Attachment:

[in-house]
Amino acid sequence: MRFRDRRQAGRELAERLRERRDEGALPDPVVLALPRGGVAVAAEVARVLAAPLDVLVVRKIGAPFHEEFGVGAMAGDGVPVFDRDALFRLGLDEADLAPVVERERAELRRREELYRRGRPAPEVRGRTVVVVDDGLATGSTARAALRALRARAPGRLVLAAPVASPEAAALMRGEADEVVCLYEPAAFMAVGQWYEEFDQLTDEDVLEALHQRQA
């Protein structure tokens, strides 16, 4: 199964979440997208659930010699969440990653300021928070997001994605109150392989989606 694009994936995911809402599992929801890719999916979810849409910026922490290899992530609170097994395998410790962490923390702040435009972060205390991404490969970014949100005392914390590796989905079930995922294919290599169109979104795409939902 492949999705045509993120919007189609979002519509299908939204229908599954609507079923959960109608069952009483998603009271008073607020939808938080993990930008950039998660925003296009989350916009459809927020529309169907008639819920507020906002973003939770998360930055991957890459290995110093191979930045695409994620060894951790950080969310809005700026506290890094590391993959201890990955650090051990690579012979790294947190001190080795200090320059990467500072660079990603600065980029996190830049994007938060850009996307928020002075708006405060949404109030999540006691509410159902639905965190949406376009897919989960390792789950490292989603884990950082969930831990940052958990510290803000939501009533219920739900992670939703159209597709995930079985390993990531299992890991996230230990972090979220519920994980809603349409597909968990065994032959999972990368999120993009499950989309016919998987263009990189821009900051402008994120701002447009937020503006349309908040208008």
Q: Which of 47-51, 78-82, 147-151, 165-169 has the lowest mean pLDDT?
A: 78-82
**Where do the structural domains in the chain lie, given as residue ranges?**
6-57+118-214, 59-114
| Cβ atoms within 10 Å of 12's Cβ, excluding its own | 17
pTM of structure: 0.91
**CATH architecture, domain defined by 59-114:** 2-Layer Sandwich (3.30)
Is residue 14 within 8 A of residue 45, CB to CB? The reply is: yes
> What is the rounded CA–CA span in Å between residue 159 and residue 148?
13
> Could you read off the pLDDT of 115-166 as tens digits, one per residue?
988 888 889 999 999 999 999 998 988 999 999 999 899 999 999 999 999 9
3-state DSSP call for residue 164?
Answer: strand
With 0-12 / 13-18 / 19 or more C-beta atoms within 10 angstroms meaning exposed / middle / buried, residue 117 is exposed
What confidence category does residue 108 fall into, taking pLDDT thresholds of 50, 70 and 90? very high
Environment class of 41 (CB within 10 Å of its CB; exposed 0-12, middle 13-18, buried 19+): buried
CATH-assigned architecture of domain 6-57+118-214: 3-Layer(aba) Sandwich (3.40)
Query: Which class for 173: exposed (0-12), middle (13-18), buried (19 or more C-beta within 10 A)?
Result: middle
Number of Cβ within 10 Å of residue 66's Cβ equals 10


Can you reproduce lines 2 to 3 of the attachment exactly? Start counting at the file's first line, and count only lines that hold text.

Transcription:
Amino acid sequence: MRFRDRRQAGRELAERLRERRDEGALPDPVVLALPRGGVAVAAEVARVLAAPLDVLVVRKIGAPFHEEFGVGAMAGDGVPVFDRDALFRLGLDEADLAPVVERERAELRRREELYRRGRPAPEVRGRTVVVVDDGLATGSTARAALRALRARAPGRLVLAAPVASPEAAALMRGEADEVVCLYEPAAFMAVGQWYEEFDQLTDEDVLEALHQRQA
């Protein structure tokens, strides 16, 4: 199964979440997208659930010699969440990653300021928070997001994605109150392989989606 694009994936995911809402599992929801890719999916979810849409910026922490290899992530609170097994395998410790962490923390702040435009972060205390991404490969970014949100005392914390590796989905079930995922294919290599169109979104795409939902 492949999705045509993120919007189609979002519509299908939204229908599954609507079923959960109608069952009483998603009271008073607020939808938080993990930008950039998660925003296009989350916009459809927020529309169907008639819920507020906002973003939770998360930055991957890459290995110093191979930045695409994620060894951790950080969310809005700026506290890094590391993959201890990955650090051990690579012979790294947190001190080795200090320059990467500072660079990603600065980029996190830049994007938060850009996307928020002075708006405060949404109030999540006691509410159902639905965190949406376009897919989960390792789950490292989603884990950082969930831990940052958990510290803000939501009533219920739900992670939703159209597709995930079985390993990531299992890991996230230990972090979220519920994980809603349409597909968990065994032959999972990368999120993009499950989309016919998987263009990189821009900051402008994120701002447009937020503006349309908040208008």